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Subject: Re: [emergency] Circle and Polygon

While I understand and mostly agree with Art on the general principle 
of preventing differing notions of "Best"  from becoming enemies of 
the "Good" we are attempting to advance, I am pretty comfortable with 
GML as a means to that end. This is especially true if we can reduce 
the danger of over specified polygons. Len and I come from a mutual 
interest in 3D where, depending on the application, polygon reduction 
(in numbers of triangles stitched together into meshes (a slightly 
different by generally similar situation) is essential to 
performance, so we understand the problem. I happen to think that 
either a rule of thumb, or a specified limit to the number of 
lat/long points might serve to solve the problem, such that 
practitioners can automatically apply an optimization algorithm 
before sending a message.


At 6:05 PM -0700 6/10/05, Art Botterell wrote:
>On Jun 10, 2005, at 6/10/05 11:04 AM, Bullard, Claude L (Len) wrote:
>>When gardening, one doesn't 'let a thousand flowers bloom'.
>>One prunes relentlessly and daily.
>Alas, I suspect that what we're involved in here is more like 
>forestry than horticulture.  And after all, having each specialist 
>community tend its own garden is pretty much what led to 
>interoperability problems in the first place.
>Instead of serving one particular constituency, we're trying to 
>address issues at a higher level of abstraction, one that bridges a 
>number of specialties.  As with any attempt at global optimization, 
>it's unavoidable that the results will be slightly suboptimal for 
>each individual user.  So I think we may want to be careful about 
>carrying efficiency arguments too far... we're rarely going to find 
>a single take on efficiency that every stakeholder shares.
>Also, I think we need to consider what our role should be.  Are we 
>proposers and presenters of standards, or just repackagers of other 
>folks' work?  Putting that another way, is a pre-existing standard 
>always better just because it came first?  If not, how much weight 
>does precedent deserve?
>Further, I think we need to guard against turning XML into a 
>next-generation stovepipe by moving application logic into messaging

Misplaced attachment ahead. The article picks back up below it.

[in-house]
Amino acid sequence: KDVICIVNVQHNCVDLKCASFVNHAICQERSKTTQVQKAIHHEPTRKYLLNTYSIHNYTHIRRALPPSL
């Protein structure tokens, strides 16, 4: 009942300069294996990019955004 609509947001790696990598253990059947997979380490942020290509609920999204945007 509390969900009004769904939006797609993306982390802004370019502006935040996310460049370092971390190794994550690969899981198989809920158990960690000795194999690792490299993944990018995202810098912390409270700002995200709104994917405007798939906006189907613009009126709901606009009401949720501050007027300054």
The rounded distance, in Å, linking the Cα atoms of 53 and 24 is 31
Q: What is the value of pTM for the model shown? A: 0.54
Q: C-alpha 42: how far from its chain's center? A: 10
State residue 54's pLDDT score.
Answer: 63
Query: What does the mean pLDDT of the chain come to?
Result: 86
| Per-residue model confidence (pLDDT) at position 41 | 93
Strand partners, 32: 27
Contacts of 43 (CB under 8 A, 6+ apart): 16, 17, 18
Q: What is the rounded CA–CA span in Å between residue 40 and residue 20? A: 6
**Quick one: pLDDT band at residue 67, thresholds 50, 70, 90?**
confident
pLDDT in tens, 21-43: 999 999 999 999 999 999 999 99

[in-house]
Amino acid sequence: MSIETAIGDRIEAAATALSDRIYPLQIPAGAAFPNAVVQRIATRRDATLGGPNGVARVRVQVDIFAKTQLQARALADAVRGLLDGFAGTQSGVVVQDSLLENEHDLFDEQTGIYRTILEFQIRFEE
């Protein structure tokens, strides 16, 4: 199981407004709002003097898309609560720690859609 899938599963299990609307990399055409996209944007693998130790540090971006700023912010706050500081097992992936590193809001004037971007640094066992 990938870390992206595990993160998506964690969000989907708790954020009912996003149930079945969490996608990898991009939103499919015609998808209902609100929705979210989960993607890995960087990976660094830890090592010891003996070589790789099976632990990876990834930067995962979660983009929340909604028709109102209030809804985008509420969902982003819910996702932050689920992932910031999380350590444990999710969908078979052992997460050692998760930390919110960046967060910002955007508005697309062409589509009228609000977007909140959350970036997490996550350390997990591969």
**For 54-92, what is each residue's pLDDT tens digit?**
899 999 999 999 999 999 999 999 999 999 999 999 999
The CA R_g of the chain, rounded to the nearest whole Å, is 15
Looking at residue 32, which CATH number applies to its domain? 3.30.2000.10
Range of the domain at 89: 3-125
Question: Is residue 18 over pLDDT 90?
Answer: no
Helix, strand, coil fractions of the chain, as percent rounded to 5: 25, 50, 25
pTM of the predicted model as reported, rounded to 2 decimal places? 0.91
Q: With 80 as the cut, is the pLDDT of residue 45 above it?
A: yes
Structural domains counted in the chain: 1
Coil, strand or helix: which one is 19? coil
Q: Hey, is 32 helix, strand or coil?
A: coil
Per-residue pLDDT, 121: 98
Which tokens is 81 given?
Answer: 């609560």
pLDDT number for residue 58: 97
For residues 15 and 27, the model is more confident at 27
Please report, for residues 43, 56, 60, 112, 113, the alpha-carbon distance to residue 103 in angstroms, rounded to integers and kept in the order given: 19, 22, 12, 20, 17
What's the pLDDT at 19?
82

>data structures.  Some XML folk, in particular, seem to prefer doing 
>every possible bit of processing in the parser.  That's 
>understandable, but might that path lead us toward petrification as 
>loosely coupled and flexible web services get trapped in a dense 
>matrix of hyper-specified data structures?
>Finally, I'll call for a committment to humility on everyone's part.  
>What we're trying to do here, in terms of cutting across 
>disciplinary and organizational boundaries, hasn't been done before. 
>There are no real experts... we're all explorers.  If we let 
>ourselves become personally attached to particular theories, 
>techniques or precedents, this whole undertaking could bog down in 
>exactly the sort of factionalism some skeptics have predicted.
>The question, IMHO, isn't what's "right"... we really don't know 
>that, even though each of us may have strongly-held theories.  The 
>question for now is what we can put together that will serve as a 
>productive platform for further exploration and learning.  And it's 
>in that spirit that I urge we keep our structures as simple as 
>possible, on the theory that it'll be easier to add specificity 
>later than it will be to back out of premature choices.
>In short, let's not let our ideas of the Best become the enemies of the Good.
>- Art
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Rex Brooks
President, CEO
Starbourne Communications Design
GeoAddress: 1361-A Addison
Berkeley, CA 94702
Tel: 510-849-2309

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